The British Beer & Pub Association (BBPA) has today published its Annual Statistical Handbook 2016, showing that overall UK consumption of alcohol per head remains stable, alongside a wealth of other data. The handbook is a ‘must read’ for anyone with a close interest in the UK drinks’ sector.
Across the European Union, alcohol consumption has remained broadly flat, with some countries, the UK included, seeing declines in per-head consumption. Estonia, Luxembourg and the Czech Republic consume the most alcohol per head of population.
When it comes to beer, UK consumption is below the EU average, of around 72 litres per head, per year.
Alongside consumption trends, the handbook covers other key issues such as alcohol taxation; it shows that UK beer duty is 54 per cent higher than it was in 2000, despite recent cuts to the duty rate. The BBPA says the data here shows that much more work needs to be done to cut beer duty in the UK, with the UK rate still a staggering 14 times that of Germany.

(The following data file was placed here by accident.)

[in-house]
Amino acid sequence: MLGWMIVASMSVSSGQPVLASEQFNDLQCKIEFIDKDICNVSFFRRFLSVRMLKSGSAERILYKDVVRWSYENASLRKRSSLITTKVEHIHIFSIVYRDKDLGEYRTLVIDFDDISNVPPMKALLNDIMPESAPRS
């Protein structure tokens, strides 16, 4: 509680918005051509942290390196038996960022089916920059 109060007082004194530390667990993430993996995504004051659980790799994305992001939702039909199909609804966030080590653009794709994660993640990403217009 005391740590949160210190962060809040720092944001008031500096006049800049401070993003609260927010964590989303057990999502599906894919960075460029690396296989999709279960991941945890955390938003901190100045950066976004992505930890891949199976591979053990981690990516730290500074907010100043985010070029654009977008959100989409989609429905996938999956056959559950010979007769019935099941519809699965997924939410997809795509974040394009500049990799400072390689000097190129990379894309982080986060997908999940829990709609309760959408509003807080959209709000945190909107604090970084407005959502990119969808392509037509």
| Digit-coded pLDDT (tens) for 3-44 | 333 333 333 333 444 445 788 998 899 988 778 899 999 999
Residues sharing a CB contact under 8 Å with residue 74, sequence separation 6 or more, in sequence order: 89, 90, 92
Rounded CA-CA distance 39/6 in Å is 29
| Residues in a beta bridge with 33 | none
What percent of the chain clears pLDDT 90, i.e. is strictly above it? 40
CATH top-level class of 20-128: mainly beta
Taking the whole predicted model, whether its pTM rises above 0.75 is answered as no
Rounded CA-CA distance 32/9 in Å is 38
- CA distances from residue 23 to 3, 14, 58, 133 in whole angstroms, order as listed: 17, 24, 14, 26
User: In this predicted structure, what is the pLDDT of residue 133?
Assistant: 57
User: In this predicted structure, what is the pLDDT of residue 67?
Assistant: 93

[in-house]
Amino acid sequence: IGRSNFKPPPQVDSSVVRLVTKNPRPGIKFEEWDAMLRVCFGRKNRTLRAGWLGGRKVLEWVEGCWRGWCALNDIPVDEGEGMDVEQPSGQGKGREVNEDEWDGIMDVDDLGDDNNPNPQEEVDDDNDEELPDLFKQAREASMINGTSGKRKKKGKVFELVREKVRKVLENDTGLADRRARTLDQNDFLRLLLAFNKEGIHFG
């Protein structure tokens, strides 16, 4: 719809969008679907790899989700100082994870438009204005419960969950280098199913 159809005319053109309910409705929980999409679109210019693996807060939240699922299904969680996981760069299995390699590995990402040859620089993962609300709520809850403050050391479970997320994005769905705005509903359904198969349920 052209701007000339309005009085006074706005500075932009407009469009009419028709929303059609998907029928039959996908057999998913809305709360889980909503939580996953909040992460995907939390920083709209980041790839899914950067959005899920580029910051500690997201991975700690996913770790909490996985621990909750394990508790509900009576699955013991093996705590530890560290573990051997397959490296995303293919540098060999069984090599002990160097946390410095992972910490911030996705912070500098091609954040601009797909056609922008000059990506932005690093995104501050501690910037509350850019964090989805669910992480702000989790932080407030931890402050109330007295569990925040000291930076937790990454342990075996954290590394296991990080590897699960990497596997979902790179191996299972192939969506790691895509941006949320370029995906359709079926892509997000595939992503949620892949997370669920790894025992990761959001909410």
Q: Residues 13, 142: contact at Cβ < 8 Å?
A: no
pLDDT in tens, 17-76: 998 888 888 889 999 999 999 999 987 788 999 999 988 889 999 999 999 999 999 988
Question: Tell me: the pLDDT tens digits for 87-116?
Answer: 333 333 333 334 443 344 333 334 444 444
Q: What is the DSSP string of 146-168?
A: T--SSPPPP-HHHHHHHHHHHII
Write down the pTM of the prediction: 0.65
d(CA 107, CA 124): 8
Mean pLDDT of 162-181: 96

Other trends include the astonishing growth in the number of breweries; between 2000 and 2015, the number rose by 1,380. On employment trends, the Handbook shows that 54 per cent of pub staff in the UK are female.
On beer trends, cask ale continued to make up 8.2 per cent of the total beer market, with the very significant shift from ales and stouts to lagers, observed over the last 40 years, beginning to reverse.
Brigid Simmonds, Chief Executive, BBPA, comments:
“Many of the figures detailed in our updated Stats Handbook are encouraging for our industry, but the UK’s high duty rate on beer is still a cause for concern. We will continue to work with the Government to bring our rate more in line with other European nations and help better support our industry.
Our new Handbook again underlines that with the right policies for the beer and pub sector, there is huge scope for us to help grow the economy, creating new jobs and careers, with great venues and beers.”